Saturday, September 11, 8:00–9:30 am
Landscape Architects and Urban Agriculture
Environmental and urban planning advocate Majora Carter advises cities, foundations, universities, businesses, and communities around the world on unlocking their green-collar economic potential to benefit everyone. In 2001, she founded Sustainable South Bronx to achieve environmental justice through economically sustainable projects formed by community needs. Today, through the Majora Carter Group, LLC, her work simultaneously addresses public health, poverty alleviation, and climate change. She is currently working in the city of Detroit on a project to train residents to become "urban agriculture technicians" and to organize a market for selling the products throughout the greater Detroit area. Carter's work has earned numerous awards including a MacArthur "Genius" Fellowship. She was named one of Essence magazine's 25 Most Influential African-Americans and one of The New York Post's Most Influential New York City Women. Newsweek named her one of "25 To Watch" in 2007 and one of the "century's most important environmentalists" in 2008. She is a board member of the Wilderness Society and hosts a special National Public Radio series called "The Promised Land" and the Sundance Channel's "Eco-Heroes."
Sponsored by Landscape Structures
Sunday, September 12, 8:00–9:30 am
Landscape Architecture and Public Health
Dr. Richard J. Jackson
How does the physical environment in which we live affect our health? For years, evidence has linked adverse health outcomes with sprawling development. Dr. Richard J. Jackson is Professor and Chair of Environmental Health Sciences at the School of Public Health at the University of California, Los Angeles. A pediatrician and public health leader, he recently served as a professor at the University of Michigan, Ann Arbor, and at the University of California, Berkeley. He served in many leadership positions with the California Health Department, including the highest, State Health Officer. For nine years he was Director of the Centers for Disease Control and Prevention's (CDC's) National Center for Environmental Health in Atlanta. In 2005, he was recognized with the highest civilian award for U.S. government service, the Presidential Distinguished Executive Award. While in California, his work led to the establishment of the California Birth Defects Monitoring Program and state and national laws that reduced risks, especially to farm workers and to children, from dangerous pesticides. While at CDC, he established the national asthma epidemiology and control program and advanced the childhood lead poisoning prevention program. He instituted the current federal effort to "biomonitor" chemical levels in the U.S. population. He was the U.S. lead under several U.S. government efforts around health and environment in Russia, including radiation threats. In the late 1990s, he was the award-winning CDC leader in establishing the U.S. National Pharmaceutical Stockpile to prepare for terrorism and other disasterswhich was activated on September 11, 2001. In 2006, he received the Breast Cancer Fund's Hero Award and at the UC Berkeley 2007 Commencement, the School of Public Health graduate students recognized him as the Distinguished Teacher and Mentor of the Year. Dr. Jackson co-authored Urban Sprawl and Public Health, a 2004 book from Island Press. He has served on many environmental and health boars, as well as the Board of Directors of the American Institute of Architects.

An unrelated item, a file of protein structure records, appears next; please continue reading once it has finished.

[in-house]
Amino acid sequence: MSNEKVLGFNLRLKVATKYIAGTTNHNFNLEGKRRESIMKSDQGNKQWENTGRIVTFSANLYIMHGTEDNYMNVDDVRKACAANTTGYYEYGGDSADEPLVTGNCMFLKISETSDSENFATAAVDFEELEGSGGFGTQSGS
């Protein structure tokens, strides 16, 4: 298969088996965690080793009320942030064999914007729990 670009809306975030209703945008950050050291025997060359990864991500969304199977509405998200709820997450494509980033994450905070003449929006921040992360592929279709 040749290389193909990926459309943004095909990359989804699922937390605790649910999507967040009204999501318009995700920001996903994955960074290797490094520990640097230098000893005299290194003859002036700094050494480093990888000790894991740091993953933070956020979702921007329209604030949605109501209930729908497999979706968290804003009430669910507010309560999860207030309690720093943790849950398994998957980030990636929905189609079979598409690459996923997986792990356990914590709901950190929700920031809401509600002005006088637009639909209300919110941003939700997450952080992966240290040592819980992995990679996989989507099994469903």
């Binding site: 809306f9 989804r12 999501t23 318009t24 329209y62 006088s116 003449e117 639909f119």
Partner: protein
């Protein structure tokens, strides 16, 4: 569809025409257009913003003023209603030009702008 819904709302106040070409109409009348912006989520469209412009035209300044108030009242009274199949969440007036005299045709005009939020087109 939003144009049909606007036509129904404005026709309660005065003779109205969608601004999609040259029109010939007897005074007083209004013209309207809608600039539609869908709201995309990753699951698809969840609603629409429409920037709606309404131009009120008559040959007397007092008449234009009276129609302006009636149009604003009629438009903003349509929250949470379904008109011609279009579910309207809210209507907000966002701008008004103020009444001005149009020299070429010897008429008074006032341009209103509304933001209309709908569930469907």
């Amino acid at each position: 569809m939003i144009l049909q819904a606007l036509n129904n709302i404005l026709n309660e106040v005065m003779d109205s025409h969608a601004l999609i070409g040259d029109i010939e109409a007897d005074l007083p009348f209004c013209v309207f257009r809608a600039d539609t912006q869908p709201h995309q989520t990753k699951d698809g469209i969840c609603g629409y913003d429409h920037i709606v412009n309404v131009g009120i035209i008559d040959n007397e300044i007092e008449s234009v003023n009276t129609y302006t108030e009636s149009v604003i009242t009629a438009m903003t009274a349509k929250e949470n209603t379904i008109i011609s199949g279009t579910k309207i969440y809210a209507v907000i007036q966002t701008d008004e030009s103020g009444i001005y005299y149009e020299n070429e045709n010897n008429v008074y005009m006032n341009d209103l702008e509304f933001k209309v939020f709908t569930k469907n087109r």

Sponsored by HNTB Corporation